Why we're ditching the term 'bridesmaids'

I've been thinking more and more about who will be my bridesmaids and my maid of honour. Friends and family have asked me several times if I have anyone in mind and I've been excitedly planning ways to pop the question to some of these wonderful people in my life. However, I have made the choice to not ask anyone for quite some time, mainly due to us not having a wedding date or a wedding venue just yet. It doesn't seem logical to ask someone to be a part of something when they don't know if they'll be available or even in the country at the time, especially since our long engagement will likely span years.

Considering who I would ask to stand up there with me and Josh on the big day got me thinking about the two terms in general - 'bridesmaid' and 'maid/matron of honor'.

An issue I ran into quickly was that I don't intend to have an all-female bridal party. If I have one or two close male friends who I want to be a part of our wedding day why wouldn't I ask them to stand up there next to me? Along with this, I really cannot imagine asking a close male friend to be my 'bridesmaid', the term just didn't seem inclusive enough.

Being asked to be a bridesmaid is a big deal and is seen as a desired spot for many women. But when I looked more and more into the origins of the two terms I came across another issue - they're a bit sexist...

If we look into the origins of the terms maid and matron we find that they are directly linked with a women's sexual status. 'Maidenhood' refers to a woman still holding her virginity, whereas 'matronhood' instead is associated with a married woman (who has presumably lost her virginity). This is why the terms 'matron of honour' and 'bridesmatron' exist. Realistically, in this day and age, that means that all of the women I ask would be referred to as matrons. A term that I don't think they would find most appealing.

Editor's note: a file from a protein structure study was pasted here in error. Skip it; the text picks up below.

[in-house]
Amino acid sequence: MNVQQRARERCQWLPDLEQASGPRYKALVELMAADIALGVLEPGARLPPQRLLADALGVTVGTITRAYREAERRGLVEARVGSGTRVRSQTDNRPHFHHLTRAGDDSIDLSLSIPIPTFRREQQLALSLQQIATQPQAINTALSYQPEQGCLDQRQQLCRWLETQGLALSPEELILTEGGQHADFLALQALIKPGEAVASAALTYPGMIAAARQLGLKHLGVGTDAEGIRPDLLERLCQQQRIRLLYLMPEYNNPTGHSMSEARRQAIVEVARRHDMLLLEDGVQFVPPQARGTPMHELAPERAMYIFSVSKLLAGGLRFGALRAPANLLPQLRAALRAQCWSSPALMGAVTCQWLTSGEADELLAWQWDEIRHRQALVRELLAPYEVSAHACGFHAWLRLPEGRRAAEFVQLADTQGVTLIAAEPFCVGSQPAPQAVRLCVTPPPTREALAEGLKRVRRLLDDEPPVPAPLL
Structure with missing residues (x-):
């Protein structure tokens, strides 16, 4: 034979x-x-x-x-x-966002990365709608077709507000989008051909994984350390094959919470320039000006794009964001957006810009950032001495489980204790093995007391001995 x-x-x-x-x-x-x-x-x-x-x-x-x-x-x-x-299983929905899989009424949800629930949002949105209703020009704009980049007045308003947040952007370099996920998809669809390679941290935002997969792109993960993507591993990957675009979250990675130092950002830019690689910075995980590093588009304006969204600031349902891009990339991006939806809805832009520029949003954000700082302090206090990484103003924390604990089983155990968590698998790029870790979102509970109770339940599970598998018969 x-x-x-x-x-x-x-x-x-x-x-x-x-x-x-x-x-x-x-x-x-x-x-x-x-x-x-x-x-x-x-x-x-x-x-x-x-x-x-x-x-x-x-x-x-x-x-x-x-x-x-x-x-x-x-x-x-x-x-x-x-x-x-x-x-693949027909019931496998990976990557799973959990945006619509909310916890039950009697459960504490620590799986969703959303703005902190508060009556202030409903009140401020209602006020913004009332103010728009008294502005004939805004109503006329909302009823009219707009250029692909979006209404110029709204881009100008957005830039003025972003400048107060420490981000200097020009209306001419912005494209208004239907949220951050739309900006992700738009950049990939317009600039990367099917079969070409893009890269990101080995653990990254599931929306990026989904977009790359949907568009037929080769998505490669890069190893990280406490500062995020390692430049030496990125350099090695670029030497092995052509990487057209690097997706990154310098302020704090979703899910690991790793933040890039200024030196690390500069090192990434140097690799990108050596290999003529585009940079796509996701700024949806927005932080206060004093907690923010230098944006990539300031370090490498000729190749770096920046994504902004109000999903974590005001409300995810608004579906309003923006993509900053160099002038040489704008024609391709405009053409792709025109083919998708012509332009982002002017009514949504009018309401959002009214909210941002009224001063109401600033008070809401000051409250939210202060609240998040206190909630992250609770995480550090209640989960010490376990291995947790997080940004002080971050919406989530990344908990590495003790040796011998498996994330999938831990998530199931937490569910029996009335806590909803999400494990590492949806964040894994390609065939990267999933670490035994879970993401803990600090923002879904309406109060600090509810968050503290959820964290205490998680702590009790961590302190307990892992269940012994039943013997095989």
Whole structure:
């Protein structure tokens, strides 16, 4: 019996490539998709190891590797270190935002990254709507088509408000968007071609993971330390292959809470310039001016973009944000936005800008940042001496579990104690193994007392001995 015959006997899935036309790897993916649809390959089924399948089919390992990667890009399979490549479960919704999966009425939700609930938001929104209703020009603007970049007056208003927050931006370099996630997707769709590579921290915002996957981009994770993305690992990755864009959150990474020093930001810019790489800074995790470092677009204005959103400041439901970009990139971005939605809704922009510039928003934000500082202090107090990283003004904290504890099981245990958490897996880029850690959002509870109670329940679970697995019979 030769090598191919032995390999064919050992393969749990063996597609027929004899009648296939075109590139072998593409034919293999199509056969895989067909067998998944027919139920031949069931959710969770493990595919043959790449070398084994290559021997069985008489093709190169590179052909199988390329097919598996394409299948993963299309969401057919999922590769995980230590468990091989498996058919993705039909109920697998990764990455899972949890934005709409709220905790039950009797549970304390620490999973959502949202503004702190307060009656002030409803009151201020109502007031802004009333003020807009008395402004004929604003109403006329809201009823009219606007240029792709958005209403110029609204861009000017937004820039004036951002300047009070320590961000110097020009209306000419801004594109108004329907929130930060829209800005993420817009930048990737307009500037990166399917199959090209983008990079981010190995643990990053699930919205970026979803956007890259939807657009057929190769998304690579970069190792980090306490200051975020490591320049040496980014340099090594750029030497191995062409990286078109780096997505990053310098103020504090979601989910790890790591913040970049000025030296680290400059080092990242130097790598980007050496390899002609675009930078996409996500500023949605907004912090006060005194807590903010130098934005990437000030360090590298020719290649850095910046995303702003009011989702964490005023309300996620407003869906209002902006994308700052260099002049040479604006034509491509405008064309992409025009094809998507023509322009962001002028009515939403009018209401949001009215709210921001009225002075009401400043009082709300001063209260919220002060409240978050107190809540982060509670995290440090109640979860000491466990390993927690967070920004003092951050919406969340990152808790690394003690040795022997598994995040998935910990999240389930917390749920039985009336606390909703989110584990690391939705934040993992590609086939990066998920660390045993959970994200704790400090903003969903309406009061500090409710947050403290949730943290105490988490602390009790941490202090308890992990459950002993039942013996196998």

My main concern is that I don't believe anyone should be defined by their sexual status! Many of us no longer live in a world where we are required to remain virgins prior to marriage. A study in the Britain found the mean age that people lost their virginity at to be 16-18 years old, whilst another in the US found that 95% of people have sex prior to marriage.

Along with this, the term 'groomsmen' has no link with sexual status whatsoever and instead refers to the men who helped their friend to capture his bride and then stood guard to protect the groom from his bride's angry family (also referred to as 'bride-knights'). Another meaning behind 'groomsmen' is that they were the men who protected the bride - and her dowry - on the way to a negotiated union, where everything was counted out and measured to bind the two families in a dynastically suitable manner.

One of the great things about weddings today is that couples are opting more and more to have an occasion that reflects them as a couple and the values they hold. Whilst these terms cause issues for us, this does not at all mean that they do for others.
There are couples who have the same problems with these titles and in an attempt to combat their sexist connotations many have opted to use an alternative title for their bridal party. Some of the names I've found online that have been used are - the bridal brigade, best people, the pew crew, I do crew and (a personal favourite) the harbingers of wedding cheer. We currently don't know what name we're going to adopt for our bridal party (and maybe even the groomsmen) but would appreciate any comments with suggestions! I'll be sure to write another post when we've decided and might even include a list of the best suggestions we've had.

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